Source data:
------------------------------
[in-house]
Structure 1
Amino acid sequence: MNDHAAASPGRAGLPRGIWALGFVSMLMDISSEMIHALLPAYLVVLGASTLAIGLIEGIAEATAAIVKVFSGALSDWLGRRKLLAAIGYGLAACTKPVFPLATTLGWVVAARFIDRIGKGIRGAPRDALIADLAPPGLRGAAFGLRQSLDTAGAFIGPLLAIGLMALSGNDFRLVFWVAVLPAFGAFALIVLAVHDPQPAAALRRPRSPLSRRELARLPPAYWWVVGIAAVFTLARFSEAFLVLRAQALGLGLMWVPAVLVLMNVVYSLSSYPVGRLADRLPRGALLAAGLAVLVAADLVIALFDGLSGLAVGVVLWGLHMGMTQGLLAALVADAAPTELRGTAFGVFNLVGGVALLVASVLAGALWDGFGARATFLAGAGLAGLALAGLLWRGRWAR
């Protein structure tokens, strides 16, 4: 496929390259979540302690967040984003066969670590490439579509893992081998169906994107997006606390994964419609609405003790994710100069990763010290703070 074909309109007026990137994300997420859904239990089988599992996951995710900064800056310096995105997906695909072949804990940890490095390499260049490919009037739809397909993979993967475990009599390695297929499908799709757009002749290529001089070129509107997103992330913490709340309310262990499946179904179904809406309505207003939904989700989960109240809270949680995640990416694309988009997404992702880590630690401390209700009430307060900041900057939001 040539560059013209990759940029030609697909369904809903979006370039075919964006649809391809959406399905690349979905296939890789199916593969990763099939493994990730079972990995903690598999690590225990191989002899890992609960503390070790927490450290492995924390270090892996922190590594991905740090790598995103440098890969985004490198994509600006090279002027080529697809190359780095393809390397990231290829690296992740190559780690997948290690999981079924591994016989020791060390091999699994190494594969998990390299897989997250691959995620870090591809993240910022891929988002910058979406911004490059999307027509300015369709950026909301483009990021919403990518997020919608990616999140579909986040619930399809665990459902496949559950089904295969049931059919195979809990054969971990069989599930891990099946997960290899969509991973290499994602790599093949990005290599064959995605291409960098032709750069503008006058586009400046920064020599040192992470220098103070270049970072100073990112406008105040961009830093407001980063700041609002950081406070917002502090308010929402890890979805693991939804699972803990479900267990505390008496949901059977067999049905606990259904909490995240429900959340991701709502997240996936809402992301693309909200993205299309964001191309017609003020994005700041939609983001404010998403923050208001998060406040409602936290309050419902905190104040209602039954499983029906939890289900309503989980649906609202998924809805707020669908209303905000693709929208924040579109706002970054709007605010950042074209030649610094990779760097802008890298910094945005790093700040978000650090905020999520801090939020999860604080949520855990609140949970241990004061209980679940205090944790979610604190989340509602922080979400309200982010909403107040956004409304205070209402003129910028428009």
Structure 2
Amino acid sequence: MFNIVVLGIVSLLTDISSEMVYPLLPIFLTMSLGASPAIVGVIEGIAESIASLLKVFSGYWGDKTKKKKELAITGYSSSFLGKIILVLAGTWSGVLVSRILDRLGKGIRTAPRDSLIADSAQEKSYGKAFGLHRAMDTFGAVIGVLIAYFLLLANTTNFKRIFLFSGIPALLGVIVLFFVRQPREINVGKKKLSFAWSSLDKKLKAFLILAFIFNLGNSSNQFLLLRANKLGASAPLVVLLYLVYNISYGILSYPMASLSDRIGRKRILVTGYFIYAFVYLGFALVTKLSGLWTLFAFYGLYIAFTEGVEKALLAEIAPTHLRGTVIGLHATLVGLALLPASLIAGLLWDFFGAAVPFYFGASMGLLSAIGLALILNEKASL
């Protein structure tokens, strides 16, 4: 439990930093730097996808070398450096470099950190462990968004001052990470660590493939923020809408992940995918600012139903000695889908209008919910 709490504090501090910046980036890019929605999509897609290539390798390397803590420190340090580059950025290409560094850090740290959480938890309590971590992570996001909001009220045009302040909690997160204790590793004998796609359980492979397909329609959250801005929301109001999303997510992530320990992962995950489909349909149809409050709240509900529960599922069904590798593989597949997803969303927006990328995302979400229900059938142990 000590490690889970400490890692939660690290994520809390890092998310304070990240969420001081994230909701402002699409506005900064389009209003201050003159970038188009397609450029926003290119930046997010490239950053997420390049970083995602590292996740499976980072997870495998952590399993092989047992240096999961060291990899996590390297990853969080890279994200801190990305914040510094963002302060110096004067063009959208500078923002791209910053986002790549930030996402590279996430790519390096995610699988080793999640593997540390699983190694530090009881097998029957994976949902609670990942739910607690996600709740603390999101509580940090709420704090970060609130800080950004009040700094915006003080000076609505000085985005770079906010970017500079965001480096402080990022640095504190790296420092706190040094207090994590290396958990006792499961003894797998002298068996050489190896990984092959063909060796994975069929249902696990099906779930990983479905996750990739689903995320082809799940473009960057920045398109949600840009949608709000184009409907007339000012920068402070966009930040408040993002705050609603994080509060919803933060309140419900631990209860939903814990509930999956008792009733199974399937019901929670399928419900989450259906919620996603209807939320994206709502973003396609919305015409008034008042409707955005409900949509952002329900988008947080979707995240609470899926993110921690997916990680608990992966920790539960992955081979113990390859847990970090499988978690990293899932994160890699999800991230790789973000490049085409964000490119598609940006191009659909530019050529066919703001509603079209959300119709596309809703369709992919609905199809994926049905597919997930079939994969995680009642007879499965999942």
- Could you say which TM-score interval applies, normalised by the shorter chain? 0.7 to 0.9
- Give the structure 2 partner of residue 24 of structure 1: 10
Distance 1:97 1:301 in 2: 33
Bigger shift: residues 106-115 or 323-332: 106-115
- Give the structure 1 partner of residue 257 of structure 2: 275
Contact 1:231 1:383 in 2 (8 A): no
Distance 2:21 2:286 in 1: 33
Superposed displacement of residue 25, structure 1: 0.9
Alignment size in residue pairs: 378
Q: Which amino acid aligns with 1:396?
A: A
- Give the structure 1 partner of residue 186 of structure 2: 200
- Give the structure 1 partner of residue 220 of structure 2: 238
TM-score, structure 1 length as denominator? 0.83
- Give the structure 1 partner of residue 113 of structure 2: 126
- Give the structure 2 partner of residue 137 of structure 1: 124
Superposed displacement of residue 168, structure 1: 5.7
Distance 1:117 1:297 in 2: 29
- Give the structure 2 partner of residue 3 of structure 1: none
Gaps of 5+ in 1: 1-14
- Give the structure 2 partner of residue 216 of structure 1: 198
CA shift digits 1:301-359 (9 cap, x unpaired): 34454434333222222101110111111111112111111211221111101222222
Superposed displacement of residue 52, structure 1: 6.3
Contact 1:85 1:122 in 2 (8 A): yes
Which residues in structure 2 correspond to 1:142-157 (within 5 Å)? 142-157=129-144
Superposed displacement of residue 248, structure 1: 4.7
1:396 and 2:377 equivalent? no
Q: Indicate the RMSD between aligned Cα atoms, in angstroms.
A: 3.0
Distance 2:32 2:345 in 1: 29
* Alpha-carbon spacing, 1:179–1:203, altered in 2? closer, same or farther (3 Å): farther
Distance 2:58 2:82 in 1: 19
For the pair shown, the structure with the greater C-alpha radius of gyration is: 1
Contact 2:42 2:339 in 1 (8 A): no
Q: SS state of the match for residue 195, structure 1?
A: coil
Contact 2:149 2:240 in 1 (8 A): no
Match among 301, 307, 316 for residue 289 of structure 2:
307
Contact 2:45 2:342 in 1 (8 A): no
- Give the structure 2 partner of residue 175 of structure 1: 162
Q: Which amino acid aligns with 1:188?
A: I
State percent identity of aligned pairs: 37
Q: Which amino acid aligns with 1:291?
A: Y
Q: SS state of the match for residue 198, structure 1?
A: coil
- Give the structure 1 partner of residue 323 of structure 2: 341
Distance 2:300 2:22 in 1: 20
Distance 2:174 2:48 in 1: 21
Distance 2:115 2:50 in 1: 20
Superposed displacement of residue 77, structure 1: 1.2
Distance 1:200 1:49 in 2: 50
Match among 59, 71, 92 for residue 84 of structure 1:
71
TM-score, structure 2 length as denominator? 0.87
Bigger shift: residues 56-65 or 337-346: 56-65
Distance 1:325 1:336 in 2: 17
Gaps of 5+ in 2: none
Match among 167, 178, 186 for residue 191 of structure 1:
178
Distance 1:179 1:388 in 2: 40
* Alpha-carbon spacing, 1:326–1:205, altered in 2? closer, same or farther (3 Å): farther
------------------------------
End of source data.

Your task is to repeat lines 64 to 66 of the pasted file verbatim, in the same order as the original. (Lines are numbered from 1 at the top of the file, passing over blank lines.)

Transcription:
TM-score, structure 2 length as denominator? 0.87
Bigger shift: residues 56-65 or 337-346: 56-65
Distance 1:325 1:336 in 2: 17